functioning immune system will remove them. But what do cells ‘get’ that change them, click them out of the whole
system of our body to become selfish and self-replicating?
Some doctors refer to this simply as ‘insult’. What happens when you insult a cell so often it gets upset? Just
like you or I might do - it gives up on the host and sets out for itself. Our consumer culture is presently rich in
ways for us to insult our cells and stress them without us even realising.
The growth begins when oncogenes (controlling cell growth and multiplication) in a cell or group of cells are
‘transformed’ by carcinogens. Cell insult often starts with ‘free radicals’, which are unstable atoms or molecules
produced by the body as part of its natural defence against disease. Sometimes the body over-reacts in its
production of these and produces more than it needs. Recognised stressors that can spark overproduction include
cigarette smoke, smog or pollution, too much ultraviolet light, illness or even too much exercise!
Free radicals contain a negative charge that makes them highly reactive. As soon as they are produced they start
looking for other molecules with positively charged particles. The reaction they have on meeting is called
oxidisation, and this reaction can have a harmful effect, damaging the D.N.A. inside cells or cell membranes and
opening the door for cancer.
When a cell is changed into a tumour-forming type, the change in its oncogenes is passed onto all offspring
cells. Hence a small group can become established and then start dividing rapidly. Usually these cells ‘give up’ on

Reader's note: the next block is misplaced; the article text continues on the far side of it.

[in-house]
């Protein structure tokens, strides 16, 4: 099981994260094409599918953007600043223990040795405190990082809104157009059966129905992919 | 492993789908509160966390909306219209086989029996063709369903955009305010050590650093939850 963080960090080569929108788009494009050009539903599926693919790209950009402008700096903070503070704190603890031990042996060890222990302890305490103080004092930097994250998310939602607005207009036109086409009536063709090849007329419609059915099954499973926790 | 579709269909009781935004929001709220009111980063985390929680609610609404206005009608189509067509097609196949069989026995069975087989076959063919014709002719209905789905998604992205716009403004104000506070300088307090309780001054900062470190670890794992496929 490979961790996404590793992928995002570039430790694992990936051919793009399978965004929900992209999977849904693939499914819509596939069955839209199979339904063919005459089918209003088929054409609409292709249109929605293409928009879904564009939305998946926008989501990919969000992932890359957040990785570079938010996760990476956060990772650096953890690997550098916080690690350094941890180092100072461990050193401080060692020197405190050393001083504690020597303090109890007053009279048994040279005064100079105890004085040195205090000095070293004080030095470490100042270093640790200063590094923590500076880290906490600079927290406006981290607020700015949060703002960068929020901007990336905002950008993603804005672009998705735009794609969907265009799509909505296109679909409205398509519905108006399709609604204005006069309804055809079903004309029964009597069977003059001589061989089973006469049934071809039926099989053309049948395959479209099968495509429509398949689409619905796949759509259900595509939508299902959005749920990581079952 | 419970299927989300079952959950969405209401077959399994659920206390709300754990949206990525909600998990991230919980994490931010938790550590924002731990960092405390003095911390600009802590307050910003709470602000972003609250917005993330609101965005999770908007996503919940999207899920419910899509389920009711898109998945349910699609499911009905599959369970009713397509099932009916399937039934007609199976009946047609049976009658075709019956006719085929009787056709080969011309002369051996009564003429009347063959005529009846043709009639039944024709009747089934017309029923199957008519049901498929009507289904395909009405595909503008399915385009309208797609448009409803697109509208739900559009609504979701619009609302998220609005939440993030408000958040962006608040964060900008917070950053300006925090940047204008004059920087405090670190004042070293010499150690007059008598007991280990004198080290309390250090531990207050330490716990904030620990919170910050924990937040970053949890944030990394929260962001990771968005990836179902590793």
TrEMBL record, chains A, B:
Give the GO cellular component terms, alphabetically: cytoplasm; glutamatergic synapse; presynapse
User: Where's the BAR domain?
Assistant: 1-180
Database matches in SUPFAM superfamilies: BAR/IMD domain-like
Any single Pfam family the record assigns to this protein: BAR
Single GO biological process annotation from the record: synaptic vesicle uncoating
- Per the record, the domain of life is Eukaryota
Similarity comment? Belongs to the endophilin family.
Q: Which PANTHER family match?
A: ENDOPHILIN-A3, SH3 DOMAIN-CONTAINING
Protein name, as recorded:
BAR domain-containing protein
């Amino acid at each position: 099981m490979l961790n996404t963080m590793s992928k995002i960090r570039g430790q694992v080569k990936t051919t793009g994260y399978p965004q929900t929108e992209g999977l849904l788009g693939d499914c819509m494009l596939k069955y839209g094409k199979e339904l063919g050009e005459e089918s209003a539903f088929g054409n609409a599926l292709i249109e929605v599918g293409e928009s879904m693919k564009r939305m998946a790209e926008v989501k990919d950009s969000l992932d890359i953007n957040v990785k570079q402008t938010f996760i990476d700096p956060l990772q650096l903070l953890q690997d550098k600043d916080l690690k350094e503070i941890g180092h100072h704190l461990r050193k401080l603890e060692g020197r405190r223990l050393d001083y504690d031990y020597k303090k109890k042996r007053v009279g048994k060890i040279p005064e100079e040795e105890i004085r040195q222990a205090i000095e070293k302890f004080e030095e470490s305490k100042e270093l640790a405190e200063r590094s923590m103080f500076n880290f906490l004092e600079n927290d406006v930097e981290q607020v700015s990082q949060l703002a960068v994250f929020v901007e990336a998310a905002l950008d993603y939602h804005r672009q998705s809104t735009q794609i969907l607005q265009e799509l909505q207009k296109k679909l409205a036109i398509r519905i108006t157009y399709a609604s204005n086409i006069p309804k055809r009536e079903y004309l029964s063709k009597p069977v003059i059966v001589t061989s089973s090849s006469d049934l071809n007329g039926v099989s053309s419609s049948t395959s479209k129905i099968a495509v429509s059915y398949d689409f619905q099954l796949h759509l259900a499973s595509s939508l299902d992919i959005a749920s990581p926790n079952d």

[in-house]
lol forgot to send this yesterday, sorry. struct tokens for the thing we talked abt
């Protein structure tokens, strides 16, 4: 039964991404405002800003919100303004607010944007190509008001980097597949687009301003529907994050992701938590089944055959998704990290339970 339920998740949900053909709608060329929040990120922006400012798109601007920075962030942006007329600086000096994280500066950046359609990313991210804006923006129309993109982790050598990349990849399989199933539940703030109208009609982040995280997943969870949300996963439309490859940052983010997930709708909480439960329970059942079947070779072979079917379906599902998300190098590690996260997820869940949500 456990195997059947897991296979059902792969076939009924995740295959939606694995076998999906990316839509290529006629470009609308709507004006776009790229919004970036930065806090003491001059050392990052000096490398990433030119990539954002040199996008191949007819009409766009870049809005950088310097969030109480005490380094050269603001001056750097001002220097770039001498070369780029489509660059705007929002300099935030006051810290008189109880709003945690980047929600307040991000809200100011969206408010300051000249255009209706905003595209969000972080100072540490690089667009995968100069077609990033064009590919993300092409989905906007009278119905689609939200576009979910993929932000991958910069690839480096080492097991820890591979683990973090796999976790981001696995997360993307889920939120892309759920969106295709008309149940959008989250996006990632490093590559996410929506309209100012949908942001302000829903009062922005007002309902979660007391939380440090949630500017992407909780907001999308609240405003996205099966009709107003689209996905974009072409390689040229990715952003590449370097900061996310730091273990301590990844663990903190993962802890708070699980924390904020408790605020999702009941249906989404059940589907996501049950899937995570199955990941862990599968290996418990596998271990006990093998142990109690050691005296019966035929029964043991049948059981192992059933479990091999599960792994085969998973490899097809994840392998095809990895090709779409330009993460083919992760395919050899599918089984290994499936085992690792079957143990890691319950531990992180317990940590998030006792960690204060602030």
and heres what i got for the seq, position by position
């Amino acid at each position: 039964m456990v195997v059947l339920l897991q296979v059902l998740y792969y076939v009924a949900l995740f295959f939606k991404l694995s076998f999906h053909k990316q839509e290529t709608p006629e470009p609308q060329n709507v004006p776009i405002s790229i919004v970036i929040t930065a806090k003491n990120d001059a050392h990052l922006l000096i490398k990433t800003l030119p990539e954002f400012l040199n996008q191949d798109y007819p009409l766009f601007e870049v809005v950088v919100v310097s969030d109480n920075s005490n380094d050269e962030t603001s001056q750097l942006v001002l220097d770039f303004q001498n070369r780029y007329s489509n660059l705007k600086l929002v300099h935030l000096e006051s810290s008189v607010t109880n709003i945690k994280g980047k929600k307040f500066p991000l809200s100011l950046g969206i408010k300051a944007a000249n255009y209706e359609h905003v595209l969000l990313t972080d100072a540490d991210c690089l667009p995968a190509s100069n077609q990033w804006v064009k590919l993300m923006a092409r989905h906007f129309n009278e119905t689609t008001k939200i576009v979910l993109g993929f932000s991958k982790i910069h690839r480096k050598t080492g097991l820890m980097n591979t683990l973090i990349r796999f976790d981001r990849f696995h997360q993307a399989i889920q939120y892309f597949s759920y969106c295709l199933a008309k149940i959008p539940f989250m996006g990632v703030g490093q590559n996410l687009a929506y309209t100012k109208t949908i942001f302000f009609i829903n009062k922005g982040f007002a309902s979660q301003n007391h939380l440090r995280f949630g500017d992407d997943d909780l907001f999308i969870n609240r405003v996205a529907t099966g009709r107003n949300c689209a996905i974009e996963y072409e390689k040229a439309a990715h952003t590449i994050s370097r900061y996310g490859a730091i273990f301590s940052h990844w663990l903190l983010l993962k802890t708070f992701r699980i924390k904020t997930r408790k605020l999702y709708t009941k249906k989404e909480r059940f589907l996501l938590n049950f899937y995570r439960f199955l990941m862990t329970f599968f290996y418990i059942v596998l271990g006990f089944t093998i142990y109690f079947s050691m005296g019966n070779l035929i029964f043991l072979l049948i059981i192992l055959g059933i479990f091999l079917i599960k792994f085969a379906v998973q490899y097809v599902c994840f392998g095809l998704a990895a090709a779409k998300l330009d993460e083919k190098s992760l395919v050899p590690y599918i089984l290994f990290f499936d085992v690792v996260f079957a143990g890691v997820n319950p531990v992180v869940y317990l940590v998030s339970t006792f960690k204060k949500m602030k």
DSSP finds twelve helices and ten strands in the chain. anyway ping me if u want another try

their normal specialised task in the body and escape from normal controls such as bodily hormones and nerves.
Cancer has no regard for the condition of its host only the success of its own growth, it is ‘anti-synergistic’
and a parasite to the body, consuming nutrients and contributing nothing. It converts the energies around it to its
own use and blocks any attacks by suppressing the body’s own immunity. This immunity self-attack is an emerging
pattern in modern diseases.
Cancer cells interact with each other and cells around them. They affect the growth of cells nearby and
elsewhere in the body, they change the immune system to benefit themselves, they can avoid or destroy normal body
defences such as lymphocytes. They can even persuade the body to grow new blood vessels to feed a tumour.
Cancer cells move seemingly ‘at will’ around the body, dissolving the glue of healthy cell walls to pass through
and set-up camp elsewhere, creating metastases (secondary growths) seemingly anywhere. It is a highly complex
disease with over a hundred definable types and many variables within each.
Cancer is a form of chaos that grows inside us. It is no wonder this most frightening and mysterious of diseases
is immortalised in the ‘dreaming mechanisms’ of our media. Movies such as the Alien series capitalise on our fears
of something unknown and unwanted growing inside us.
Cell insult happens in a number of ways and if the right conditions for cancer exist it will start to grow
through cell multiplication. Once the cancer growth gets going, and the conditions that engendered it are still
present, the growth continues at various rates, depending on the host and what they provide. Cancer grows best in
an P.H. acid body with lots of glucose, oxygen and easily accessible nutrients.
Even with immortal cell replication it can take many years before a cancer becomes noticeable. A million cells
together create only a small growth. Diagnosis is still difficult at this stage as there may not be any visible
evidence of cancer.